Friday, June 20, 2008

UK journalists leading the way with blogs and video, says European study

Journalists in the UK are more likely to be producing video content and blogging as part of their workload than their European counterparts, a new survey has suggested.

According to the European Digital Journalism Study, 61 per cent of UK respondents said their publications offered video or TV content as part of their online presence compared with 41 per cent of respondents from other European countries.

However, over three quarters of UK respondents said that producing additional multimedia content for the web was the biggest challenge to their jobs.

The report, which surveyed 347 journalists in nine European countries, suggested that UK journalists are leading the way with blogging as 85 per cent said journalist blogs were now a feature of their websites.

However, only 10 per cent of the overall respondents - and 14 per cent of those in the UK - said they had received training for producing multimedia content.
The research, conducted by PR firm Brands2Life and their European partners Oriella PR Network, asked broadcast, national, regional and trade media journalists in Belgium, the Netherlands, Luxembourgh, France, Germany, Italy, Spain, Sweden and the UK questions on how the 'digital age' was affecting their work.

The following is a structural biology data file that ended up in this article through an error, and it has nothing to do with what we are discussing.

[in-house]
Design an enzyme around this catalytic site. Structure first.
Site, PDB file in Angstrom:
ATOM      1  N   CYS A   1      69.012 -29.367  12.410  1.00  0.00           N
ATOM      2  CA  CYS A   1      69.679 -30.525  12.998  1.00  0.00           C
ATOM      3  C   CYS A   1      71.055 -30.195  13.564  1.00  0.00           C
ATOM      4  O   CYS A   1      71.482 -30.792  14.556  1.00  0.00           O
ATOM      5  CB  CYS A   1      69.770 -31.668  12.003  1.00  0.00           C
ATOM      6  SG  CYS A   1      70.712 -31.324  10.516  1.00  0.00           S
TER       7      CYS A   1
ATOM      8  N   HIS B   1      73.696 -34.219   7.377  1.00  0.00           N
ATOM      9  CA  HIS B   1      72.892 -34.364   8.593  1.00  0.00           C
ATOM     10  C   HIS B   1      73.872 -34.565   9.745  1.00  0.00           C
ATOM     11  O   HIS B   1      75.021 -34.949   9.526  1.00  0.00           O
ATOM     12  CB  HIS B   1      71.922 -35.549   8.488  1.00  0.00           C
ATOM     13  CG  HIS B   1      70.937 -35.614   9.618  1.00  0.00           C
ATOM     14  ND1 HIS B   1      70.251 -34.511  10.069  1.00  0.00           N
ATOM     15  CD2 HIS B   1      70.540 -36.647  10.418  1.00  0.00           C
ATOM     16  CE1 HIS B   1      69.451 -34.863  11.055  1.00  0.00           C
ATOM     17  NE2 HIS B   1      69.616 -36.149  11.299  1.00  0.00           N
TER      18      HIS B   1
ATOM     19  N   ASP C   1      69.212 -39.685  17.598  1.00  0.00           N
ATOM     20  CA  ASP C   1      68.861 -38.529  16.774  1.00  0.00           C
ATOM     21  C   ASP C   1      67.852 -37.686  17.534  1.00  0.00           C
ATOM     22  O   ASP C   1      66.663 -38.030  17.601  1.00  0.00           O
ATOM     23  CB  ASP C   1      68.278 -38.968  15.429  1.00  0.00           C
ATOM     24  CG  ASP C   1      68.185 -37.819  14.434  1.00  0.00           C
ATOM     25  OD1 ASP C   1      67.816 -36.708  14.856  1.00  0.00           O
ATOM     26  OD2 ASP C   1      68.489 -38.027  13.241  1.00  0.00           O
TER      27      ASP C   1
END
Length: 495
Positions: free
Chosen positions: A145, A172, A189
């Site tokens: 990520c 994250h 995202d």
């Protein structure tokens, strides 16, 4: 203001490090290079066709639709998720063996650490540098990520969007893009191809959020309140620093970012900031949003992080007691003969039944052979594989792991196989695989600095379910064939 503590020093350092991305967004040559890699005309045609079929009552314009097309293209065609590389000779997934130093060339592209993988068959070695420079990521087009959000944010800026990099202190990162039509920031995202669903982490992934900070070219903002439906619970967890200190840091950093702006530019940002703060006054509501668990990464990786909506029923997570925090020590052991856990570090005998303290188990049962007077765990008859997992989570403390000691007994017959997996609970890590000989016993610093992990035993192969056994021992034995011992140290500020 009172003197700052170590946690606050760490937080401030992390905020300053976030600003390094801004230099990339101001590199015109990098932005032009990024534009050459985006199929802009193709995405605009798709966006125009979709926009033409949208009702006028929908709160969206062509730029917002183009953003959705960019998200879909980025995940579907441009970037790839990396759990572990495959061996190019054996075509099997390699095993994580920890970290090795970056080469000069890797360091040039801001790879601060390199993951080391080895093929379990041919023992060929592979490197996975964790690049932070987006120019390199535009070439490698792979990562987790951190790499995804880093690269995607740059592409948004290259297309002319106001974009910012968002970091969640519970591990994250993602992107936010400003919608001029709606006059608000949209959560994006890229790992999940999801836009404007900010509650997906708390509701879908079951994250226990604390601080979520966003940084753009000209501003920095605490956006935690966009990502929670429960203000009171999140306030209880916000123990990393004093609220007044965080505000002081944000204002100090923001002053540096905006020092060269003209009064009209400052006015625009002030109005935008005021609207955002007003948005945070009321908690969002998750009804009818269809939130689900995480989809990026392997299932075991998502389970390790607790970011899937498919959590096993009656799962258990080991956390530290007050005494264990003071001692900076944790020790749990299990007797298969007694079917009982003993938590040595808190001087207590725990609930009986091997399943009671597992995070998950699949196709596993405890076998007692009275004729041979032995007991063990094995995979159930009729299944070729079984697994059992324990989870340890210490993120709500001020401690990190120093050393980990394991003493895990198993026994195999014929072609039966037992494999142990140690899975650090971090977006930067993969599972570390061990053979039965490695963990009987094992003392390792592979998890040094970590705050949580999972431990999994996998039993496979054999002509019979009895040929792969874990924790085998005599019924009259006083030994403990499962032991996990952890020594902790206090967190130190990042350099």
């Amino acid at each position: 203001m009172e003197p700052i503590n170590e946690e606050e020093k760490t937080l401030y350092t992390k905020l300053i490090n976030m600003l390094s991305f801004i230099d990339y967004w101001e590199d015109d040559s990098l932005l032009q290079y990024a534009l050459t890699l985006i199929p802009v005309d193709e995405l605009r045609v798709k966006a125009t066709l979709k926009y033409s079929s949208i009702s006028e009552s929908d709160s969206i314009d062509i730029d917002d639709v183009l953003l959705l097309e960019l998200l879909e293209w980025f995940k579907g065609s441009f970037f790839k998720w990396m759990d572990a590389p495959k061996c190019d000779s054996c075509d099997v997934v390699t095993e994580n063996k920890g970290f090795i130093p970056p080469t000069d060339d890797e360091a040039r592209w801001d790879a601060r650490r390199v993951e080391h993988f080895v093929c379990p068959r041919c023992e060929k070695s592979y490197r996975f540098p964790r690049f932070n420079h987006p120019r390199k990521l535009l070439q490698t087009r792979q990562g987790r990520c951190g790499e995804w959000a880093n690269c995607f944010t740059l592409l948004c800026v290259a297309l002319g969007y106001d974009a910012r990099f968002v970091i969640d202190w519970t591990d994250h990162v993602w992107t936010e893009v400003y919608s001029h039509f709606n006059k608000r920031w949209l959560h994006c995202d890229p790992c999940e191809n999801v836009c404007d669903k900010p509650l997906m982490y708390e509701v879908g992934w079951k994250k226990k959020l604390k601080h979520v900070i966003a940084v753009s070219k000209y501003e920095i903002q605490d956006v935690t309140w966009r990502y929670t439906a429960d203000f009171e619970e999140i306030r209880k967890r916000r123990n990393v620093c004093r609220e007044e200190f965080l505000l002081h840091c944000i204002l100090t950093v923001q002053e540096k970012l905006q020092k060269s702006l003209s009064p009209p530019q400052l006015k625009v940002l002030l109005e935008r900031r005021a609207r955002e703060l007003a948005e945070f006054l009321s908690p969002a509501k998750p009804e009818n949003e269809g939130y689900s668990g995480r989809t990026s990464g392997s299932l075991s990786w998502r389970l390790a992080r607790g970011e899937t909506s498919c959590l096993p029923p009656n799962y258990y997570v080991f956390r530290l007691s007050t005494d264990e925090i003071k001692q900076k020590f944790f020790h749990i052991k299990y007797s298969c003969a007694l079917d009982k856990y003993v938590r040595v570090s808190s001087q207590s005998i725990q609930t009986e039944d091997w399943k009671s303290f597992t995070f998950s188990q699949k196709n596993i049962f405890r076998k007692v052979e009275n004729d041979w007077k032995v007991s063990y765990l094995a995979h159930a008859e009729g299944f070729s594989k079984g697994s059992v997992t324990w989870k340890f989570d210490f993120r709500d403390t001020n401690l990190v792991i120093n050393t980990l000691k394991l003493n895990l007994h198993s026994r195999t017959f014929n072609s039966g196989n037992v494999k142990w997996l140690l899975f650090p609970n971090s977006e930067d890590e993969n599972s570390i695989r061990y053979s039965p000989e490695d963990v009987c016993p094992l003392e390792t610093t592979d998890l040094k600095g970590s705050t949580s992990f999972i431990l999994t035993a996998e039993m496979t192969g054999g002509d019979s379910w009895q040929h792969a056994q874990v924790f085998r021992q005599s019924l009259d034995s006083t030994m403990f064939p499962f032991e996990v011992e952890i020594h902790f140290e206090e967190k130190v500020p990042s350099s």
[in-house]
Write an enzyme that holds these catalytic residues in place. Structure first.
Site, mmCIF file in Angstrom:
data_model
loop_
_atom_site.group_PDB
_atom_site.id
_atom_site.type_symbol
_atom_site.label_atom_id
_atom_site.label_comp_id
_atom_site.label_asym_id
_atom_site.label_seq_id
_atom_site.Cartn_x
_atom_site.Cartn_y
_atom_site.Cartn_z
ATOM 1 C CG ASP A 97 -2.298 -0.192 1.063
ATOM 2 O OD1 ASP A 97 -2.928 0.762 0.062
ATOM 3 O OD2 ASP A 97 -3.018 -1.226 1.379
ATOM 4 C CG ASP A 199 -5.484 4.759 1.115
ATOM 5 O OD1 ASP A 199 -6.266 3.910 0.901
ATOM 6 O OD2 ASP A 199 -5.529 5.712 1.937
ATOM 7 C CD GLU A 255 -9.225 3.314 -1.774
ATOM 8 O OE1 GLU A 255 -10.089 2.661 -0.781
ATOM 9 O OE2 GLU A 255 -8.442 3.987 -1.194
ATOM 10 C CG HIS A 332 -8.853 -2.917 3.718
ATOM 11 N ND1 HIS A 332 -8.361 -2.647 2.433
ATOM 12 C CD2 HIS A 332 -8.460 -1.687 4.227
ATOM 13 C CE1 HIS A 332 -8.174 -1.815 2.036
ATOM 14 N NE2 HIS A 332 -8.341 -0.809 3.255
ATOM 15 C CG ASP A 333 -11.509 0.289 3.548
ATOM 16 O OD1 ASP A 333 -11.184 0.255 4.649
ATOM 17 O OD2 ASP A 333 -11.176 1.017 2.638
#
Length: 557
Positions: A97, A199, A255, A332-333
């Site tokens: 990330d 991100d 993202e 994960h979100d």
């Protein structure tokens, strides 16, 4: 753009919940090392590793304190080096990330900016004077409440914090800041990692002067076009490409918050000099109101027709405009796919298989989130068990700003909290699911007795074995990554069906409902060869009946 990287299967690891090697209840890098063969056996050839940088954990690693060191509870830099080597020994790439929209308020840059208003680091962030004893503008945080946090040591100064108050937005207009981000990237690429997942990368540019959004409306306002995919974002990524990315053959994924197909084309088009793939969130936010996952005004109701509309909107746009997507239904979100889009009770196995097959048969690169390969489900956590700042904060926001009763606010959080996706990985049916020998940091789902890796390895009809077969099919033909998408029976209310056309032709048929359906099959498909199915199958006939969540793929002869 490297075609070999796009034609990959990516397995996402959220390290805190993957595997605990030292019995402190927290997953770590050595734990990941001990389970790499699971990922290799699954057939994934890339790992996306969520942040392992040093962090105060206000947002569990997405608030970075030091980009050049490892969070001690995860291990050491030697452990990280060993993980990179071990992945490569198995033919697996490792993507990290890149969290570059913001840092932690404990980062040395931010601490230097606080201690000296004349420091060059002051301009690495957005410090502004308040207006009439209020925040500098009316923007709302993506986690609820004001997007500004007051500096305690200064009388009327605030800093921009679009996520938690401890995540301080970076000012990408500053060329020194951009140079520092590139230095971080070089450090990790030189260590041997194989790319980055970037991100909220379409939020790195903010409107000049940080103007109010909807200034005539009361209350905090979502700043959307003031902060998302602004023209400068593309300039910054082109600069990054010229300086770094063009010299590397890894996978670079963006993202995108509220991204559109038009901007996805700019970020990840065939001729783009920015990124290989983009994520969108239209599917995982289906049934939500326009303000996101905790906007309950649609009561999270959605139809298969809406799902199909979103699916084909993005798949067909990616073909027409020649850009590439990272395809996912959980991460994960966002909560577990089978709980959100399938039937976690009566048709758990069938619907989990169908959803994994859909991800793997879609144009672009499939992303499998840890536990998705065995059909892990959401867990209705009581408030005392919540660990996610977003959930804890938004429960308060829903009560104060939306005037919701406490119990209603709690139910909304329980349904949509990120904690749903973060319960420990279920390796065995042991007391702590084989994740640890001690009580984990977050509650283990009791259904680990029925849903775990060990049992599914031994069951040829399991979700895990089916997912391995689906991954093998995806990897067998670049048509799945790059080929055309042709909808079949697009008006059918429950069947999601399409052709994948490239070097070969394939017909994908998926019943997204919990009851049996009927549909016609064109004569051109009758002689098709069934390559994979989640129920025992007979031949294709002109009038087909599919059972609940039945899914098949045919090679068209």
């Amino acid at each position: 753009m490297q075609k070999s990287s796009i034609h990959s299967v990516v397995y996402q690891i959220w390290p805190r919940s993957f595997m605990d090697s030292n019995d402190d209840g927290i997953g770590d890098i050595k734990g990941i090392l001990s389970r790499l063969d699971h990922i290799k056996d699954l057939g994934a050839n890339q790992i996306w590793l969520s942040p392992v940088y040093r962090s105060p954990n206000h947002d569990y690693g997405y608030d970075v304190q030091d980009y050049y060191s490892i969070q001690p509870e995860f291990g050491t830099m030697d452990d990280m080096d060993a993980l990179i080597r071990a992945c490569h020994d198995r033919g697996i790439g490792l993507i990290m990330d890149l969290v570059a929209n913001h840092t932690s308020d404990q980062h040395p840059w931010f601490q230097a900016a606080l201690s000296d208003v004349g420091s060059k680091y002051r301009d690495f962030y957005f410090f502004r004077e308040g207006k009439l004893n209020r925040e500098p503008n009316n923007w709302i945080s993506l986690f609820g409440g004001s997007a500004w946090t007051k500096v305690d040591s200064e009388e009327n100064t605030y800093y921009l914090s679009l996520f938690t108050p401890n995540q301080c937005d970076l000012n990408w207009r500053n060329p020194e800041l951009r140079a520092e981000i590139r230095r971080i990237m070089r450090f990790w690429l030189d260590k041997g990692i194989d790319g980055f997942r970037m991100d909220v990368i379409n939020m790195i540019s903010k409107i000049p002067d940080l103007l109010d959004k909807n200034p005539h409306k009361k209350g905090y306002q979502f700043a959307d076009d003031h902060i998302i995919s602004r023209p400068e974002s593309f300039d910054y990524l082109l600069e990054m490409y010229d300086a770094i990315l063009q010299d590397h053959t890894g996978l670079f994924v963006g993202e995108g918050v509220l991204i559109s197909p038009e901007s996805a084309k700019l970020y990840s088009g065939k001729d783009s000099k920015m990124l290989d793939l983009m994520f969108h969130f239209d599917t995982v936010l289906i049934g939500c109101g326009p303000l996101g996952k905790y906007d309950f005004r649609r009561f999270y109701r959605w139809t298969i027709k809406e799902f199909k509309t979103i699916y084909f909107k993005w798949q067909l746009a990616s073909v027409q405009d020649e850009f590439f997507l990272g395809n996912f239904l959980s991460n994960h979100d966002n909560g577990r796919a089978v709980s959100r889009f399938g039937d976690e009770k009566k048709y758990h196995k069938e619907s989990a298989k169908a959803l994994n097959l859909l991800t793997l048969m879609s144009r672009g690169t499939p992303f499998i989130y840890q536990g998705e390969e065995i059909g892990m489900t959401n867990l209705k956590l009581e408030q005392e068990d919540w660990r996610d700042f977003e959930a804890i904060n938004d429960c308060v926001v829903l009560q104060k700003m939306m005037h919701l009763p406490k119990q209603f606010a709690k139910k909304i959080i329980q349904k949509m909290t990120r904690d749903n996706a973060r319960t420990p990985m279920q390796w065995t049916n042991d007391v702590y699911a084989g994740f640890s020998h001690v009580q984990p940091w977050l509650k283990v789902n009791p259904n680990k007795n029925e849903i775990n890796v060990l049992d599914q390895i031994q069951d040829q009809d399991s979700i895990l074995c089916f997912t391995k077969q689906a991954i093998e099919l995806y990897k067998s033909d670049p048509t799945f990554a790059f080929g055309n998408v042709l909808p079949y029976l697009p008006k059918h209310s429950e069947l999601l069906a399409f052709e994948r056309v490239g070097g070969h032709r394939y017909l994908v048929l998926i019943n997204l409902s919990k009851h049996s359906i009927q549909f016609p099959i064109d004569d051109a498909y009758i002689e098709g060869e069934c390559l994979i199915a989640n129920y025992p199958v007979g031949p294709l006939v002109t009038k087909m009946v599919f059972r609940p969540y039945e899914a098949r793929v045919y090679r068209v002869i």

The study is the first of its kind to look at pan-European approaches to digital journalism and provide a snapshot of multimedia working across Europe.

In addition to writing blogs the survey also suggest that blogs have become a staple part of the journalist's newsgathering process. Around a quarter of those surveyed regularly quoted from blogs and a third using them to source stories.

The UK respondents in particular cited using blogs and other new media as a source for stories as one of the biggest changes to their work in the 'digital age'.

The study found the biggest impact of digital growth on journalists' work was the amount of content they are now expected to produce and an increased importance on exclusive content.

Journalists surveyed in the UK followed this trend with 76 per cent saying producing more content is the biggest change - compared to an average of 46 per cent elsewhere in Europe.

"The survey results reveal a counter-intuitive insight. Journalists are now expected to produce more, have less time to research stories and are expected to learn and incorporate new media techniques, such as podcasts and pieces to camera into their everyday routine," stated the report.

"However, despite the increased demands this change is felt to have had a positive impact on the quality of their work."

The results of the survey are available in full on the European Digital Journalism Study site.

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